A US major O-4 commanded SMF and was backed by a Montagnard counterpart who was the titular indigenous commander, and a highly respected former tribal chieftain. SMF did not experience the attrition trends among indigenous troops one would expect to find in a similar US unit. The Montagnard soldiers responded to orders with a degree of alacrity rarely found in US soldiers serving even in the most ideal of circumstances. Such responsive support insured maximum combat readiness for operations requiring, special equipment.

Items which required immediate delivery were shipped on a priority basis using STDAT contract aircraft. Indigenous administrative matters to include awards and decorations, leaves and passes, hiring and firing, messing, billeting, limited family assistance, and pay disbursement were a US responsibility. Cmdr SMF had carte blanche authority to hire and terminate indigenous personnel and thereby exercised an exceptionally potent brand of command leverage.

SMF continuously received applications from indigenous personnel, special warfare qualified, seeking job vacancies. Drawing from a large pool of applicants SMF was able to select well qualified, highly trained soldiers, many of whom spoke and understood English. The soldier working for SMF realized that he could be replaced by someone of equal training and ability at any time. More than 50 per cent of the indigenous families lived within the compound area. Both soldiers and families enjoyed, by their standards, excellent living facilities.

A Montagnard mess hall provided a well-balanced diet of well prepared food. Low sick call rates and the few patients in the dispensary indicated the good health and vitality of the troops. Financial records accounting was done by SMF; however, headquarters STDAT-l58 maintained the personnel records on indigenous employees, thus minimizing the need to maintain detailed administrative records. The initial emphasis, following the reorganization of GSC, was to train SMF personnel to perform the missions they had been tasked to execute on a contingency basis.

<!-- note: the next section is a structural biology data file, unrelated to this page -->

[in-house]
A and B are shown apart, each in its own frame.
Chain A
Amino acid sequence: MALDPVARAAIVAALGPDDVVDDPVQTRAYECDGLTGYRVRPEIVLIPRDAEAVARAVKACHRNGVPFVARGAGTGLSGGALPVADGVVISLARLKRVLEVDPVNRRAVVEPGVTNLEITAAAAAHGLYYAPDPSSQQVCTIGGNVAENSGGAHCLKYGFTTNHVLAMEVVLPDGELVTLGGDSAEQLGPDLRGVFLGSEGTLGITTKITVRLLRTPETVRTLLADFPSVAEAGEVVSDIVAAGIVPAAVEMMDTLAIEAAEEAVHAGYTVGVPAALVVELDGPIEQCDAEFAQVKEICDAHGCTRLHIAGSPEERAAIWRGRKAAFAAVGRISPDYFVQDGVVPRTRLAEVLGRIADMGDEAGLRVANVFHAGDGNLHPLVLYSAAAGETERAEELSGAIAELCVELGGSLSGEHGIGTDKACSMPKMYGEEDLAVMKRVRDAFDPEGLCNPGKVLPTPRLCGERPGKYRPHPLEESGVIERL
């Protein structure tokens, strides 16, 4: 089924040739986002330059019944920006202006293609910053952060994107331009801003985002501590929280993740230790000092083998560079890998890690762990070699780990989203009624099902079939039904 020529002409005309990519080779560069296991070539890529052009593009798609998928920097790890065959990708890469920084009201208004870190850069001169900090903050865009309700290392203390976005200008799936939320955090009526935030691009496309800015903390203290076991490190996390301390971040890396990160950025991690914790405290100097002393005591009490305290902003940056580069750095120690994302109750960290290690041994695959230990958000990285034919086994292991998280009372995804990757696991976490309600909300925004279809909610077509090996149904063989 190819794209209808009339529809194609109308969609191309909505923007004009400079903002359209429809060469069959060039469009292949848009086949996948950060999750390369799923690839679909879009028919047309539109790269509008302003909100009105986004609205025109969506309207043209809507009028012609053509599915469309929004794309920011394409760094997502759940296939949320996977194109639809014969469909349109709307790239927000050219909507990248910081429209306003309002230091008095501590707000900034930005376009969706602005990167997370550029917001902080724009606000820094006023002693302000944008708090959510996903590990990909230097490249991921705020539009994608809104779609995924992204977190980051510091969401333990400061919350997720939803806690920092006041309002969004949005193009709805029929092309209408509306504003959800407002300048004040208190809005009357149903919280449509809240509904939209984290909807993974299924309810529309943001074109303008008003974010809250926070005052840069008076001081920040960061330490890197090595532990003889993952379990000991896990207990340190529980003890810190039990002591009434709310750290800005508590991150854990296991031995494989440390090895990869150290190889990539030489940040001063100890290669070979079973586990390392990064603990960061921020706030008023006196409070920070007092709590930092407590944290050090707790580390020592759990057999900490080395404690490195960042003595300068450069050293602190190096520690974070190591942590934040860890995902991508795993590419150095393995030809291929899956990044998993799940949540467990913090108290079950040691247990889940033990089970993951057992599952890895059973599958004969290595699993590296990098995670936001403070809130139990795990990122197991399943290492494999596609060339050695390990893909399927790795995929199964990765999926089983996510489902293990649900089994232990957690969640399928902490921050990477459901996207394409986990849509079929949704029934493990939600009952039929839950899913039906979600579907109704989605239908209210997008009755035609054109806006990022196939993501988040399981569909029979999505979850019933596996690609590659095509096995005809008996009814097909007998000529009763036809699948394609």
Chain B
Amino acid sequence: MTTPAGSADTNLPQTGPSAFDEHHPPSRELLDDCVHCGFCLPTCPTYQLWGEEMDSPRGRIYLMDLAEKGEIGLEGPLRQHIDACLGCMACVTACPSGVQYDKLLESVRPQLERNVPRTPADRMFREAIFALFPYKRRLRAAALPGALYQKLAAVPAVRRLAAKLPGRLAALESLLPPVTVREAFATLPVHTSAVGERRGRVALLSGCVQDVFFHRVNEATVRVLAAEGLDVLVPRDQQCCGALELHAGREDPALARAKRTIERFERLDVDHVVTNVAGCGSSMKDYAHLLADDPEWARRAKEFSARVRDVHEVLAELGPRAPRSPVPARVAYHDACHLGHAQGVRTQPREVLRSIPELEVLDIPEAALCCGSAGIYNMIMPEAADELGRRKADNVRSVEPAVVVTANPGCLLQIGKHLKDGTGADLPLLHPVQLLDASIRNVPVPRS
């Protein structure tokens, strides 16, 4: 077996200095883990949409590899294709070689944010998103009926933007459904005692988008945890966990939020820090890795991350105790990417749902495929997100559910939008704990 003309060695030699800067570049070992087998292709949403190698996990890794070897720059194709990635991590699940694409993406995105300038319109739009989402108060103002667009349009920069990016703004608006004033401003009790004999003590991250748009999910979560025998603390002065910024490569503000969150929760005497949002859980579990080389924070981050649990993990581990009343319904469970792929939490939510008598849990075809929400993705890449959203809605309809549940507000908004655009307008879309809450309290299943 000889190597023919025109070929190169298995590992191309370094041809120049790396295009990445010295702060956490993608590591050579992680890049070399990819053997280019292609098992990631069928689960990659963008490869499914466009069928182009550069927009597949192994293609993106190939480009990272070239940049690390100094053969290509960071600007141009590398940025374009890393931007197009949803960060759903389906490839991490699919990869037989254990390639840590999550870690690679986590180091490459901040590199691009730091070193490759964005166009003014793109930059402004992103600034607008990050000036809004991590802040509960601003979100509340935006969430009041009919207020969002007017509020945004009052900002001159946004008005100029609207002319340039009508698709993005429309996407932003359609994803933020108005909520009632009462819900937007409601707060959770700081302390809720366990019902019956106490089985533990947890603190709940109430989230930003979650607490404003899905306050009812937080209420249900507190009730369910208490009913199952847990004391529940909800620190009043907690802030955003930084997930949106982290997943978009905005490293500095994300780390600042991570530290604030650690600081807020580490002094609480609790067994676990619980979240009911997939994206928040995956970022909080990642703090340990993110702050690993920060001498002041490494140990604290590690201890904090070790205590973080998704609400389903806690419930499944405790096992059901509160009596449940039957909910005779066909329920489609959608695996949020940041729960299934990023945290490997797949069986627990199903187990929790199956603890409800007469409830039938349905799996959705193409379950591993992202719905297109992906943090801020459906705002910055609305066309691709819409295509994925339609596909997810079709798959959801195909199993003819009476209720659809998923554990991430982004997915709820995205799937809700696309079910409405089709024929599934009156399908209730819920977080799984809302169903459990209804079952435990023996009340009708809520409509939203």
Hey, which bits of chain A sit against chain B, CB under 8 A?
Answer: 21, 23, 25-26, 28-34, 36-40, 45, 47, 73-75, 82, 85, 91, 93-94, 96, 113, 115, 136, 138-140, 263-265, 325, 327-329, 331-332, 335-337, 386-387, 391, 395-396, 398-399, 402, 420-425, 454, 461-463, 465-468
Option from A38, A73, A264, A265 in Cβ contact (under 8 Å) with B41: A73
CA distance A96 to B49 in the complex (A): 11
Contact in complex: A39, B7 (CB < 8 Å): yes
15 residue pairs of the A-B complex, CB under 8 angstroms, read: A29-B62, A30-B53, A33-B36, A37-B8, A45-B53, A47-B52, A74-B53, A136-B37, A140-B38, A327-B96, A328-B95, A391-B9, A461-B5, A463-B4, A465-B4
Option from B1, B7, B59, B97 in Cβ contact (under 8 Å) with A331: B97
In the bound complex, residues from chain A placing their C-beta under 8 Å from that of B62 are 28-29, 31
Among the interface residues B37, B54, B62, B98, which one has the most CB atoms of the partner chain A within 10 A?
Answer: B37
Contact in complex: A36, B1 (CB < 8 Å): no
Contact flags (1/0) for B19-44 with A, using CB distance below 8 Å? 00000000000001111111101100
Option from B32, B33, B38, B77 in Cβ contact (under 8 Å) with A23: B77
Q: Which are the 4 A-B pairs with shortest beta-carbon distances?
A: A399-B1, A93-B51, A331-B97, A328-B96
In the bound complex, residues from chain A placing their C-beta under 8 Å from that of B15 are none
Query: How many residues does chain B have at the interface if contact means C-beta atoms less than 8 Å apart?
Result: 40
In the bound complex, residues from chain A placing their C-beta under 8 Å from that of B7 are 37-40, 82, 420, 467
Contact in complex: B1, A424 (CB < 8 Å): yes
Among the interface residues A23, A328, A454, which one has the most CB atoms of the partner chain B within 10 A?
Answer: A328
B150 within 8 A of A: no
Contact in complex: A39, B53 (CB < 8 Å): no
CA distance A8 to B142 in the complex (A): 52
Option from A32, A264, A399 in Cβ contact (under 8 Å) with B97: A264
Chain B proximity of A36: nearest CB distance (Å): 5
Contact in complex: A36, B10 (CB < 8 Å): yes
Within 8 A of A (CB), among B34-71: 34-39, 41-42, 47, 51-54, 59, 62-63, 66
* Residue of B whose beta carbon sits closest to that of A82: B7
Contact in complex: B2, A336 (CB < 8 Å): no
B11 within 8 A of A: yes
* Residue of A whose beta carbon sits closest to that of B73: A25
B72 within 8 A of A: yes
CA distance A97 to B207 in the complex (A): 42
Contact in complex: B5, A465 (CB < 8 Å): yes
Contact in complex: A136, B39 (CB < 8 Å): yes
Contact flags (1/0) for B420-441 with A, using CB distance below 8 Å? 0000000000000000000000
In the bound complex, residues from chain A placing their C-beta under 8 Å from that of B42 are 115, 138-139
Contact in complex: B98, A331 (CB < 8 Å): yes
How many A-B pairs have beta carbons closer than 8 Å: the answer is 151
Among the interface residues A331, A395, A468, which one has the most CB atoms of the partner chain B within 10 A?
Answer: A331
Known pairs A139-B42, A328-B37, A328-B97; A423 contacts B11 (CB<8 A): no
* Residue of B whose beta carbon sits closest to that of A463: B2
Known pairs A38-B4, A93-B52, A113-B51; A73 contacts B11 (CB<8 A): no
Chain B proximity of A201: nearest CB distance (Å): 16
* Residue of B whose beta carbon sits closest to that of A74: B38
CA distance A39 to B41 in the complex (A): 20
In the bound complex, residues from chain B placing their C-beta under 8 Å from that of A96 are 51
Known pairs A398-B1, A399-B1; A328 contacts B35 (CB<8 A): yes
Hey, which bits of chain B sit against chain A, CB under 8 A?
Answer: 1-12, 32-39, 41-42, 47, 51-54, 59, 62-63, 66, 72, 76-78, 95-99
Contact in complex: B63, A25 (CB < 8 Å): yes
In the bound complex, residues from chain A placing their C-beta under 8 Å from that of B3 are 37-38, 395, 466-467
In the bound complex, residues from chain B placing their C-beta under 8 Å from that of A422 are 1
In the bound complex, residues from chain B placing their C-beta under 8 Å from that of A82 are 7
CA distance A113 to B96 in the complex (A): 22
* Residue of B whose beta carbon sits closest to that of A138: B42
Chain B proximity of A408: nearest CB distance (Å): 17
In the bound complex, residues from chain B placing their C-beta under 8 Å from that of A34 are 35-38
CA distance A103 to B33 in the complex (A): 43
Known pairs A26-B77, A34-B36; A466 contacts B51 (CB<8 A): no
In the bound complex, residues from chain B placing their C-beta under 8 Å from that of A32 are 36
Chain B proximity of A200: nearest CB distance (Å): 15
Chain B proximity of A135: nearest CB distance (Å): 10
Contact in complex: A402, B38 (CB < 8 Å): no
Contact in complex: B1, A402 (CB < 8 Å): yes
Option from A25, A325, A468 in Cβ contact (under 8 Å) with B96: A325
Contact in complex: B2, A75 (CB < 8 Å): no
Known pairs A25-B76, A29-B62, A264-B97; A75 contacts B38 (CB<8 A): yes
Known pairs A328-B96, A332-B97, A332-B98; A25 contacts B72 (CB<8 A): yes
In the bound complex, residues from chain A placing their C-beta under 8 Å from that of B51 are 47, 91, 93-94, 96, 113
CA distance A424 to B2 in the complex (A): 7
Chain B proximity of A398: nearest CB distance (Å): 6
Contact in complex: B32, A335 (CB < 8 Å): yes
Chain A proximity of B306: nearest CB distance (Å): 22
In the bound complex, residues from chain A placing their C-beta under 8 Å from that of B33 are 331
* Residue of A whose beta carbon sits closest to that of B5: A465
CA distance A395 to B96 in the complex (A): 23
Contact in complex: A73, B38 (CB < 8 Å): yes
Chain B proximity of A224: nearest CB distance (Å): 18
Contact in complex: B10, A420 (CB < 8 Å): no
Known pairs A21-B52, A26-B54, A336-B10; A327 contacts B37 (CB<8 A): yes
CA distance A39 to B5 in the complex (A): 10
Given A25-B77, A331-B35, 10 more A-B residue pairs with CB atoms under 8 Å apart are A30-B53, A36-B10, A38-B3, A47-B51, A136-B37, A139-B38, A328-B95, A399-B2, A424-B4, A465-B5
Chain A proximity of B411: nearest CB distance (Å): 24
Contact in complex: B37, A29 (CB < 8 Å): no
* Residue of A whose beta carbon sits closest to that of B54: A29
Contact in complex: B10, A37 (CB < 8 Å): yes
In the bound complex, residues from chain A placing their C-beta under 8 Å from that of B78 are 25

One of these missions was to perform crash site inspections. Prior to activation of SMF the Golf- 5 Security Company had been tasked with crash site inspections and remains recovery missions on two separate occasions, following the crash of a China Air Lines contract C flight carrying 32 personnel on board and that of a Cathay Pacific flight carrying 82 personnel. There were no survivors in either crash.

Most of the personnel assigned to the Golf-5 Security Company, as has been previously mentioned, subsequently formed the nucleus of SMF. After it was apparent that the plane had crashed, a force of 16 US and 55 indigenous personnel rappelled from HELOs onto the crash site. Severe weather conditions hampered the initial search efforts, but recovery work began on 9 June and continued through 16 June, during which time all of the bodies were recovered: The Cathay Pacific recovery operation began on 16 June when a force of 3 US and 25 indigenous personnel located and recovered 65 bodies.